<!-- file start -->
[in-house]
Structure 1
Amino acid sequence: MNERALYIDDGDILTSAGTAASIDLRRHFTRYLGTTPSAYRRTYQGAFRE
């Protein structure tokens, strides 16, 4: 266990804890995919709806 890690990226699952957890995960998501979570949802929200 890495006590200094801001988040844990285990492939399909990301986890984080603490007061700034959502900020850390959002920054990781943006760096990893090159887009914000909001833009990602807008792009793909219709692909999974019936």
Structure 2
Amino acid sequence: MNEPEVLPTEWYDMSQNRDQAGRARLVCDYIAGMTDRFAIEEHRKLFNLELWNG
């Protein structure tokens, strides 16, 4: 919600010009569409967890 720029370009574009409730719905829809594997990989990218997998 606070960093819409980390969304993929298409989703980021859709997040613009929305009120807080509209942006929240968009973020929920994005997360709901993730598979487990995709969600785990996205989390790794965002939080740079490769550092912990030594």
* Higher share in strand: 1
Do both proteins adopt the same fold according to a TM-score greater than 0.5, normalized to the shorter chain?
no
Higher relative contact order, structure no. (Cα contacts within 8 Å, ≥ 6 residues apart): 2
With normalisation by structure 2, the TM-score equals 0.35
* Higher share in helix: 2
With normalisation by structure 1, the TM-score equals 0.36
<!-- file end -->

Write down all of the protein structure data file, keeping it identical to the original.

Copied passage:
[in-house]
Structure 1
Amino acid sequence: MNERALYIDDGDILTSAGTAASIDLRRHFTRYLGTTPSAYRRTYQGAFRE
């Protein structure tokens, strides 16, 4: 266990804890995919709806 890690990226699952957890995960998501979570949802929200 890495006590200094801001988040844990285990492939399909990301986890984080603490007061700034959502900020850390959002920054990781943006760096990893090159887009914000909001833009990602807008792009793909219709692909999974019936």
Structure 2
Amino acid sequence: MNEPEVLPTEWYDMSQNRDQAGRARLVCDYIAGMTDRFAIEEHRKLFNLELWNG
């Protein structure tokens, strides 16, 4: 919600010009569409967890 720029370009574009409730719905829809594997990989990218997998 606070960093819409980390969304993929298409989703980021859709997040613009929305009120807080509209942006929240968009973020929920994005997360709901993730598979487990995709969600785990996205989390790794965002939080740079490769550092912990030594």
* Higher share in strand: 1
Do both proteins adopt the same fold according to a TM-score greater than 0.5, normalized to the shorter chain?
no
Higher relative contact order, structure no. (Cα contacts within 8 Å, ≥ 6 residues apart): 2
With normalisation by structure 2, the TM-score equals 0.35
* Higher share in helix: 2
With normalisation by structure 1, the TM-score equals 0.36